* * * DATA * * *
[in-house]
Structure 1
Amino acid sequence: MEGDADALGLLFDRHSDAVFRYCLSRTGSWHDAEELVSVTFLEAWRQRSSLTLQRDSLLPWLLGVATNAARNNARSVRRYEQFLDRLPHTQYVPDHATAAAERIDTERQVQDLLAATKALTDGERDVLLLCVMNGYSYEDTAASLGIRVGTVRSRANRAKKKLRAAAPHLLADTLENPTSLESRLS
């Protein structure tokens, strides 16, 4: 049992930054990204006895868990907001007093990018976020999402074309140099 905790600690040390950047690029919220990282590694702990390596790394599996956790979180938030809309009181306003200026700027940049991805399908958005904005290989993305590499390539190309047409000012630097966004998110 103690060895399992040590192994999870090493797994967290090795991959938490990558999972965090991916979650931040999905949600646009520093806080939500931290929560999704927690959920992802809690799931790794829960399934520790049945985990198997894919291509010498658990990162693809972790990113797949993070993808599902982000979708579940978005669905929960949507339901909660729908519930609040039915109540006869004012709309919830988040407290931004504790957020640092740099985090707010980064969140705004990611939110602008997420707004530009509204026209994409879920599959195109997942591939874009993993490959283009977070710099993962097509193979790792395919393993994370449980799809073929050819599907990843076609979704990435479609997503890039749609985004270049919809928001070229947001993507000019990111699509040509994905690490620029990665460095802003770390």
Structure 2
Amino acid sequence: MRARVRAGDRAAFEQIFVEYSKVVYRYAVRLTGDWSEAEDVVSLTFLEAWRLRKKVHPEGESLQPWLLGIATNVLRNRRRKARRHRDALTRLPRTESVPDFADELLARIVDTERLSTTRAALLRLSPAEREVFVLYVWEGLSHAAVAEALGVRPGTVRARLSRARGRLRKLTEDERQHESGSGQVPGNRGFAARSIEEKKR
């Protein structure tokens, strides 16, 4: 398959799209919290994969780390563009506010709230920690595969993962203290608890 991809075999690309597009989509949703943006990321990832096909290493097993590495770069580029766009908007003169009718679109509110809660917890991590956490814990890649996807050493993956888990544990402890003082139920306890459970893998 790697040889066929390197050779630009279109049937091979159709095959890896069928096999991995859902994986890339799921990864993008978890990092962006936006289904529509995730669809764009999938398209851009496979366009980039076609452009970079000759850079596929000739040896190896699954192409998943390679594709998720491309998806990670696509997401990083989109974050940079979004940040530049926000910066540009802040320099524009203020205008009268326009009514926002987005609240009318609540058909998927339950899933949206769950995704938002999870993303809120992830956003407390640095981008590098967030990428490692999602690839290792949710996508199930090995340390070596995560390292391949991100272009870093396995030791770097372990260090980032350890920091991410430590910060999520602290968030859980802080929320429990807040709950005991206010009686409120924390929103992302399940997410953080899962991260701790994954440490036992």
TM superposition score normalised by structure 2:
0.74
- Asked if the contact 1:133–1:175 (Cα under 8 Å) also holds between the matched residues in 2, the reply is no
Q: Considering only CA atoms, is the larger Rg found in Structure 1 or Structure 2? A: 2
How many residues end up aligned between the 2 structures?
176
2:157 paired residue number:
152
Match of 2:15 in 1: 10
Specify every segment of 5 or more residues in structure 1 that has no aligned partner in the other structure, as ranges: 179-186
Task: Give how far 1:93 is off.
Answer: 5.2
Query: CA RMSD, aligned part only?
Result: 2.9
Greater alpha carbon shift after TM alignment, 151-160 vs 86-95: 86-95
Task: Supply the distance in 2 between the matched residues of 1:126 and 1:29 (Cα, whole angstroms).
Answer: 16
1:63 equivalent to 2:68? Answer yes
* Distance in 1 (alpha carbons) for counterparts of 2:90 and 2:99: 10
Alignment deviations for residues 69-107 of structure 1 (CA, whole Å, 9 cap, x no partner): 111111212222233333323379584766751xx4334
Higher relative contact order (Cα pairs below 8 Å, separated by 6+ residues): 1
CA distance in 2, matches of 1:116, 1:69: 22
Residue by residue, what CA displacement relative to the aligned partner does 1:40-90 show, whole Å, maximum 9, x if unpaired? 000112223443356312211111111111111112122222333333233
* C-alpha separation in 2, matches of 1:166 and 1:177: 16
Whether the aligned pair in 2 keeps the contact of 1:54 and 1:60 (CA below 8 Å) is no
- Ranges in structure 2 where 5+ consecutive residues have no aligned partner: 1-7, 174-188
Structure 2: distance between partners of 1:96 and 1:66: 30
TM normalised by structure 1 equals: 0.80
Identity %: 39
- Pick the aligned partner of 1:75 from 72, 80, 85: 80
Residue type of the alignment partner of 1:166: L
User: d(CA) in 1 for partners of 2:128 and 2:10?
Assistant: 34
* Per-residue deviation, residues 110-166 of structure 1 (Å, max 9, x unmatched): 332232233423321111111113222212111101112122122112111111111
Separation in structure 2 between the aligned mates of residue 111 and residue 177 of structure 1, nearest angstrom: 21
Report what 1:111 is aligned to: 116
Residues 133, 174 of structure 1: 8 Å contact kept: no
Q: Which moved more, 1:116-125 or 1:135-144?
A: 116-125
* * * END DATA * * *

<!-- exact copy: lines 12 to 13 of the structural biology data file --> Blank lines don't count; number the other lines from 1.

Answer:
How many residues end up aligned between the 2 structures?
176